Global Policy Forum

Why Public-Private Partnerships don’t work

PPPareevilA new report by Public Services International assesses the experience with public-private partnerships (PPP) in both industrialized and developing countries. The many case studies analyzed, from United Kingdom to Chile, shows that PPPs have failed to live up to their promise. In most cases, they are an expensive and inefficient way of financing infrastructure and services, since they conceal public borrowing, while providing long-term state guarantees for profits to private companies. The author proposes a public alternative to this system, in which national and local governments can continue to develop infrastructure by using public finance for investment, and public sector organisations to deliver the service.





February 13, 2014 | Public Services International

Why Public-Private Partnerships don’t work

BACK TO THE FUTURE

by Rosa Pavanelli (PSI)

For decades the failures of water, energy, rail and health privatizations have made clear across the globe that those who promote privatization offer false promises. Elections have been fought and won on promises to keep public services in public hands. In sectors like health, education, water, energy and transport, community attitudes strongly support universal public provision.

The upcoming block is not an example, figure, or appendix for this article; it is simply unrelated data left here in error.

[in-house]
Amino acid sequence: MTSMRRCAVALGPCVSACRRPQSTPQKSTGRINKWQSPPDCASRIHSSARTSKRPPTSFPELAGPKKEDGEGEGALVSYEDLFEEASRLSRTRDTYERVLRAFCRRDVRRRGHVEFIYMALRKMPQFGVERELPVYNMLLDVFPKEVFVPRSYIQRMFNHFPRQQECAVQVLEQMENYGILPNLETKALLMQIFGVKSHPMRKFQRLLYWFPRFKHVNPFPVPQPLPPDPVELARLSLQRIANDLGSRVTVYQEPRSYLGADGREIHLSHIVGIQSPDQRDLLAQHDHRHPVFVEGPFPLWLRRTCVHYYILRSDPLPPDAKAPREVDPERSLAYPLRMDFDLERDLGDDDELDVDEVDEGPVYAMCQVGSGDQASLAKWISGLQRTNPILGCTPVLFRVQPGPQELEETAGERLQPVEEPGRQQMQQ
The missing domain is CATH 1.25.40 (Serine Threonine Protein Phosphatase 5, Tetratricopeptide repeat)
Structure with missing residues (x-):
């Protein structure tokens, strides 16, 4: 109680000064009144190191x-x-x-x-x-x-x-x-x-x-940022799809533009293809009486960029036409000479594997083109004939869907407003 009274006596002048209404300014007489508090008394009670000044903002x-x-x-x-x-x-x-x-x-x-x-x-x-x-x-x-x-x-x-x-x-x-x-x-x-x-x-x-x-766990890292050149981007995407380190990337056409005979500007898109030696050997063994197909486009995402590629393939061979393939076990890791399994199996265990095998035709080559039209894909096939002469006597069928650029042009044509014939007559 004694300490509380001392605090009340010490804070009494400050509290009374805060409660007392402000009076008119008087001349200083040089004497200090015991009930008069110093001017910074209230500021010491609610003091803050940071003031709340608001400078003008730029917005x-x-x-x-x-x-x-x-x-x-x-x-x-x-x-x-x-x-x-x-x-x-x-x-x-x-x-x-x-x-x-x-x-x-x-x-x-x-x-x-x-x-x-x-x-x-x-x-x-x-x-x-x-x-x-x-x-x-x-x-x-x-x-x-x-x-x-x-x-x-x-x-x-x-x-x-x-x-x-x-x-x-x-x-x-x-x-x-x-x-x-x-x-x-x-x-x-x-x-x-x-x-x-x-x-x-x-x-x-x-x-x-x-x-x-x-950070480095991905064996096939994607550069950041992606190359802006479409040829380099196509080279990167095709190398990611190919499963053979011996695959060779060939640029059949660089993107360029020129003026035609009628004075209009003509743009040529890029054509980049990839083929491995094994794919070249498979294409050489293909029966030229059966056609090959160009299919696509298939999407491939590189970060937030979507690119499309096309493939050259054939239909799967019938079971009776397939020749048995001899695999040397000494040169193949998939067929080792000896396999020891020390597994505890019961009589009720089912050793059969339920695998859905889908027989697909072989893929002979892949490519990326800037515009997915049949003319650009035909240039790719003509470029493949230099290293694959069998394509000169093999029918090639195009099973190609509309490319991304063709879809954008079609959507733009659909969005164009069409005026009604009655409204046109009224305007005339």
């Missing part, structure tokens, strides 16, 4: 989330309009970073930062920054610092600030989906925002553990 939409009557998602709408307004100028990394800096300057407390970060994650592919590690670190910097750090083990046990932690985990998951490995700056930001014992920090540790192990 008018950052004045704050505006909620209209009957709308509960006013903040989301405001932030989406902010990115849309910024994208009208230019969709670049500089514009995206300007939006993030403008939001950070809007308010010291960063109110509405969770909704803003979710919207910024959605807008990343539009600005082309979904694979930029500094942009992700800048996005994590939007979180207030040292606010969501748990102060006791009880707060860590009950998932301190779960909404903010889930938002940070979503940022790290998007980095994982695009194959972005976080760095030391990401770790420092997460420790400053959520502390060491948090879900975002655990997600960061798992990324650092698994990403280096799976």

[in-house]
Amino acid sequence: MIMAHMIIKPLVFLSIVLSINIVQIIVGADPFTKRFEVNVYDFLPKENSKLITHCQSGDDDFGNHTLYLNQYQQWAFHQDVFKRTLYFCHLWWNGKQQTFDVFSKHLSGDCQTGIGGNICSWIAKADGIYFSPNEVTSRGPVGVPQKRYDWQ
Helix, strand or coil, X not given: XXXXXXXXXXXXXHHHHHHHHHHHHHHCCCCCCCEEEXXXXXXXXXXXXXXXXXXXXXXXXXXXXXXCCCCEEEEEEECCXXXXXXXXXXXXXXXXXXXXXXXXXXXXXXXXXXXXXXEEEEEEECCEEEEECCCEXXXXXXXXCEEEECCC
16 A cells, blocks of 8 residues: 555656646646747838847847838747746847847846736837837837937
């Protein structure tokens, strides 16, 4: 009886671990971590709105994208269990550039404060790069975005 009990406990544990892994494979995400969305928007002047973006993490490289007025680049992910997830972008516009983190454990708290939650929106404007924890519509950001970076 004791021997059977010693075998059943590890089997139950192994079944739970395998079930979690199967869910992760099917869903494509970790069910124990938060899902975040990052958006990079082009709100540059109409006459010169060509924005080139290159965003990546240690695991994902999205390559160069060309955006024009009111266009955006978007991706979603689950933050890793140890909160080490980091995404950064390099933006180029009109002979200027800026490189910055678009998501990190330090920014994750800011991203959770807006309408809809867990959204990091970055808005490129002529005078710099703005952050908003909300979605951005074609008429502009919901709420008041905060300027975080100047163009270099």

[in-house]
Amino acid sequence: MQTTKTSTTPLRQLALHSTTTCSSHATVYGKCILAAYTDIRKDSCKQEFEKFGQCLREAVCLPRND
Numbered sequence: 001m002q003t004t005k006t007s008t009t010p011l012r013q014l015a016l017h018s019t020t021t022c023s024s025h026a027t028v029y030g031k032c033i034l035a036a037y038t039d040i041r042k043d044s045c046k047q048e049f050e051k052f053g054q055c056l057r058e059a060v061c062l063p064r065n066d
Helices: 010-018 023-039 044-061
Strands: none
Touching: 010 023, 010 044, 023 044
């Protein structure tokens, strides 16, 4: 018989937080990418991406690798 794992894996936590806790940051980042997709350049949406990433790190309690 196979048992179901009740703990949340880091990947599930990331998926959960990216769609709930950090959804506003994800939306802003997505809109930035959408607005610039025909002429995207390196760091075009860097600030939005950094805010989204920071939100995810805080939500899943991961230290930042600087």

Yet privatization and so-called public-private partnerships are coming back in fashion. Many governments are turning to public-private partnerships (PPPs) in the hope that the private sector will finance public infrastructure and public services which been savagely hit by the financial crisis. This hope has long run through the World Bank and OECD, but is now emerging in the G20 and the ongoing negotiations at the United Nations for the Sustainable Development Goals and the linked Financing for Development. If successful, privatization could become official UN policy.

Why such resurgence when the past 30 years experience shows that privatization is fundamentally flawed?

In the context of the economic crisis, governments are under increased pressure to find quick answers to hard questions about maintaining public services and funding infrastructure. The longer the crisis extends the more pressure mounts to find answers, but so do the risks of forgetting the root causes: greed, deregulation, and excessive faith in private corporations.

PSI’s report “Why Public-Private Partnerships (PPPs) don’t work” explores the importance of public investment. This accompanying report examines private sector motives, capabilities, influence and performance.

It is the culmination of thirty years experience with and assessment of privatization, in countries both rich and poor. It demystifies the shadowy PPP processes, most of which hide behind confidential negotiations to protect commercial secrecy. There are no public consultations, lots of false promises, and incredibly complex contracts, all designed to protect corporate profits. There is also a fair amount of bribery, as privatization contracts can be extremely valuable.

PPPs are used to conceal public borrowing, while providing long-term state guarantees for profits to private companies. Private sector corporations must maximize profits if they are to survive. This is fundamentally incompatible with protecting the environment and ensuring universal access to quality public services.